The second most prevalent issue in the 2015 Subaru Forester is the engine stalling or dying while driving, with the average mileage of this problem being 37,000 miles. Owners state that the engine stalls while switching from reverse to drive and can not start after stopping for a prolonged time. These engine problems can lead to a much higher Subaru engine repair cost.
Regarding the Subaru Impreza, the worst model years include the 2008 and 2012, with the most-reported problem being the windshield and windows potentially cracking. The main problem categories include the engine, the windows and windshield, the AC and heater, the clutch, and the interior accessories.
The most concerning engine issues in the 2008 Impreza that can lead to a high Subaru engine repair cost is the head gasket leak, the engine revving while the clutch is in, the engine stuttering, the engine lights blinking the engine holding RPMs after releasing the clutch, and the engine knocking. Unfortunately for owners, fixing the head gasket often requires replacing the entire mechanism, leading to a highly Super engine repair cost.
Fixing the head gasket is generally around $1,000, with the average mileage of occurrence being 82,000 miles. Owners state that oil leaks on the passenger side and technicians recommend a costly repair to remedy the issue’s root cause and prevent any further Subaru engine repair costs.
The worst model years of the Subaru Legacy involve 2010, 2011, and 2015 years, with the 2015 Legacy having the most-reported problem of the headlights burning out after minimal use. 2015 Legacy owners cite concerns regarding the engine, fuel system, body and paint, and the transmission.
The NHTSA cited issues with the engine, accelerator pedal, and vehicle speed control along with owner concerns. The top user issues focus on excessive oil consumption, car not starting, engine burning, strong smells, engine noises while accelerating, and frequent oil burning. Excessive Oil consumption is usually noticed around 46,000 miles, with owners stating that they have to refill the oil much more frequently than intended.
Subaru XV Crosstrek
The 2013 Subaru XV Crosstrek is the worst model year in terms of problem severity, frequency of issues, and the most-reported problem of the car having dangerous and unreliable steering in wet and slippery conditions. The 2013 XV Crosstrek has various problem categories, with the top subjects being the steering, wheels, engine, and drivetrain.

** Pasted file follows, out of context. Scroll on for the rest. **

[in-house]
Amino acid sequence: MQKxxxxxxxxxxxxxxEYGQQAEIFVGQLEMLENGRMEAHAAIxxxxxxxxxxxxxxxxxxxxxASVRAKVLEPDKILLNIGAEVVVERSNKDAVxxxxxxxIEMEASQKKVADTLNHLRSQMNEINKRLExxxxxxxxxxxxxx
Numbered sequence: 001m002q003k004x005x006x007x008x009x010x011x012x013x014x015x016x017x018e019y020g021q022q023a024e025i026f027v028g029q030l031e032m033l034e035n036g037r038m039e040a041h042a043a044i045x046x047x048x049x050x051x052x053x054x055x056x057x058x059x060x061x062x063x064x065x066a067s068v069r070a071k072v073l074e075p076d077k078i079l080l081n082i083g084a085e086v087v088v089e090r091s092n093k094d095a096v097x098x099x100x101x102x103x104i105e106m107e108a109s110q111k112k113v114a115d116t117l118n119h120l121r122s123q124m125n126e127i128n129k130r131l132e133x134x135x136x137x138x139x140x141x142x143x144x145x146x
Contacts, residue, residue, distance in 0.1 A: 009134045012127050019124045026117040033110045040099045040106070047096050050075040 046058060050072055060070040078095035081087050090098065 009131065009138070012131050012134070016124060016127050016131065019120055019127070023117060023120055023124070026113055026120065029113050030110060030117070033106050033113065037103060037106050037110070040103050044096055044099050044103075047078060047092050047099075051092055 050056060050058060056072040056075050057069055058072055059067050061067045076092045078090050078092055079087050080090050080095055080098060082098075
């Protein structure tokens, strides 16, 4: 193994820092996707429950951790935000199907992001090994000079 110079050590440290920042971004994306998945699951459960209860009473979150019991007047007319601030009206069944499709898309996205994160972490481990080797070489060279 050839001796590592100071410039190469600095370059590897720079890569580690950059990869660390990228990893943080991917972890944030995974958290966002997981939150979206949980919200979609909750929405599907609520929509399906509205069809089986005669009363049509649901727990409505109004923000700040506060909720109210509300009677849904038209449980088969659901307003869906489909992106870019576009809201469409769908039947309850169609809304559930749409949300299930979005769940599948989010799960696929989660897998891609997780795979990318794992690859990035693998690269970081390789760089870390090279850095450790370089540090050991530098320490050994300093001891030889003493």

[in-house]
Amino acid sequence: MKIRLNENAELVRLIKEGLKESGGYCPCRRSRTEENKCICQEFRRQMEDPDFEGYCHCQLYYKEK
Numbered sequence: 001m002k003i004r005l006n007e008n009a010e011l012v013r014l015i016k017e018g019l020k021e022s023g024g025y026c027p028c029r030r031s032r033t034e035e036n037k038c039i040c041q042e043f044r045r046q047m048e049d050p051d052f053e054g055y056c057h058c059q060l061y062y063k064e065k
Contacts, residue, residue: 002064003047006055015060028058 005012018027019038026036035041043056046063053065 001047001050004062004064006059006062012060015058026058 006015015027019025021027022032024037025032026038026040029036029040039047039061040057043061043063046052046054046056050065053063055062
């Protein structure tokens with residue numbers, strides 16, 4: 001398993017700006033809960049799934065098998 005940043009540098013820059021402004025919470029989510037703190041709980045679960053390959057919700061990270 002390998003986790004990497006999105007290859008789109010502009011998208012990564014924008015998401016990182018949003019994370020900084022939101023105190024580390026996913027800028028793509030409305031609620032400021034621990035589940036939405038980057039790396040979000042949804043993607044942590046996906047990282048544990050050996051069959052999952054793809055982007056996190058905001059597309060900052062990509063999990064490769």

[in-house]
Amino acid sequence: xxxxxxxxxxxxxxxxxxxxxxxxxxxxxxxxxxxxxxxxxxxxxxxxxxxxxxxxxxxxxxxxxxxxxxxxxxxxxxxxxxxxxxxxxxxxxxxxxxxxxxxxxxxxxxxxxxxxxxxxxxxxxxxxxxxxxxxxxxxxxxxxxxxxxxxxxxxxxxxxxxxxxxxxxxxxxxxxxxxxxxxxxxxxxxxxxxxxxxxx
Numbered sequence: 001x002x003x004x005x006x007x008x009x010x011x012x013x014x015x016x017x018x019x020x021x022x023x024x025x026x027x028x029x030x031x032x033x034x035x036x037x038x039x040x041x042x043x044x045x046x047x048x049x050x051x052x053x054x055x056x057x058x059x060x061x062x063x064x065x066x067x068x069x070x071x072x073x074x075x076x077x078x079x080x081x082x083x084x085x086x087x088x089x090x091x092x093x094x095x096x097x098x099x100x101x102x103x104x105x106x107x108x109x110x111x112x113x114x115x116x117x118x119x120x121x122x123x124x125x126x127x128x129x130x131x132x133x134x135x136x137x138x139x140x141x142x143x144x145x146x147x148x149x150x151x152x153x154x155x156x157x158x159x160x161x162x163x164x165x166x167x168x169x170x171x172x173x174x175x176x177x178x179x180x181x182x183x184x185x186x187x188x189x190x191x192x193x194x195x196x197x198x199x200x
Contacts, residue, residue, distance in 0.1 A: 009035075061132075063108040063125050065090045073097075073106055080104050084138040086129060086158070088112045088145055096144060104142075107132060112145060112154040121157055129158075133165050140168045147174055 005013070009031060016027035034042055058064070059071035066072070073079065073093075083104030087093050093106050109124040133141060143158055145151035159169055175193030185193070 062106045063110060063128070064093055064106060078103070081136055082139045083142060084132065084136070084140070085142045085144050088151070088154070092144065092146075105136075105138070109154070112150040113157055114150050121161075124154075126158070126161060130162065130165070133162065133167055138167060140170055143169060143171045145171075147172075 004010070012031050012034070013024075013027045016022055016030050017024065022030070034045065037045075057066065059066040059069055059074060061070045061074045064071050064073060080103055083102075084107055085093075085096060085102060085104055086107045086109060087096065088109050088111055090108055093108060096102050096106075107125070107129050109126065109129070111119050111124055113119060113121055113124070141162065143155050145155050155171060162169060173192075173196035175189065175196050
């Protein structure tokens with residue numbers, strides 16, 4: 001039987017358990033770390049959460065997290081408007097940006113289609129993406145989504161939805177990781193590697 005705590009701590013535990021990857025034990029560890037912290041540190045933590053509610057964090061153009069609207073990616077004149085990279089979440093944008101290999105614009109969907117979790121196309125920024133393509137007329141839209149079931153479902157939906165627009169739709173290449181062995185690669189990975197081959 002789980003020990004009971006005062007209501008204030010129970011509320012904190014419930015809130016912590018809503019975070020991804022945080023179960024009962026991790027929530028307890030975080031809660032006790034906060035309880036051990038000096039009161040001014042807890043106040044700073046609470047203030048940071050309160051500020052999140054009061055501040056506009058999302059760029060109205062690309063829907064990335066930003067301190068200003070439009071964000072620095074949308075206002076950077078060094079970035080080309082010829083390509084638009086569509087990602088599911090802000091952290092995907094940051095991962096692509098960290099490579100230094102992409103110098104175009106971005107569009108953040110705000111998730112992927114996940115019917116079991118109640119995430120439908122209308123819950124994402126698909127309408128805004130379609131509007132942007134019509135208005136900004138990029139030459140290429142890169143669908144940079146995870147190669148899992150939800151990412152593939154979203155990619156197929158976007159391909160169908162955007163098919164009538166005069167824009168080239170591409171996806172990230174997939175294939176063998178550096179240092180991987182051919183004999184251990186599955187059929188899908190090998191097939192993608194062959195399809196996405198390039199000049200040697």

The NHTSA cited concerns regarding the engine and vehicle speed control, with owners stating issues with excessive oil usage at around 40,000 miles. Owners cite the oil burns and run out only around 1,500 after changing, with the oil light frequently turning on the dashboard while driving. If the light is constantly on in the car, it can cause a high Subaru engine repair cost.
Subaru 2019 Recall
Subaru recalled over 400,000 vehicles at the end of 2019 to fix issues regarding the engine computers and potential motor debris. The debris and contaminants in the motor and the engine can cause overheating, excessive friction, and blockage in the system, leading to a lack of fuel distribution and oil efficiency.
The first recall dealt with 466,000 Imprezas produced between 2017-2019 and focused on the 2018 and 2019 Subaru Crosstreks. Subaru stated that the engine computer has a fault that keeps the ignition coil on and running, even when the motor and car is turned off. The continually-running computer engine, also known as the engine control unit, can cause a short circuit and lead to a potentially high Subaru engine repair cost.
One way to fix the Subaru engine recall is to update the internal software, replace the broken coils, and repair the front exhaust pipes to prevent blockages.
A second recall was made by Subaru that covered over 200,000 Subaru Impreza models produced between 2018-2019. This recall also covered the Subaru Crosstreks manufactured in 2018, with this recall focusing on the malfunctioning of the positive crankcase ventilation system. If the crankcase is not functioning correctly, debris can affect the engine, leading to overheating, friction, power loss, and a high Subaru engine repair cost.
The Bottom Line
The typical engine rebuild cost for Subaru vehicles is between $2,500 and $4,000, while an engine repair might be less expensive depending on the parts in need of fixing. Simply replacing the engine bearings and seals may be only a few hundred dollars, while purchasing a new engine replacement will be closer to $4000 for the average Subaru Engine repair cost.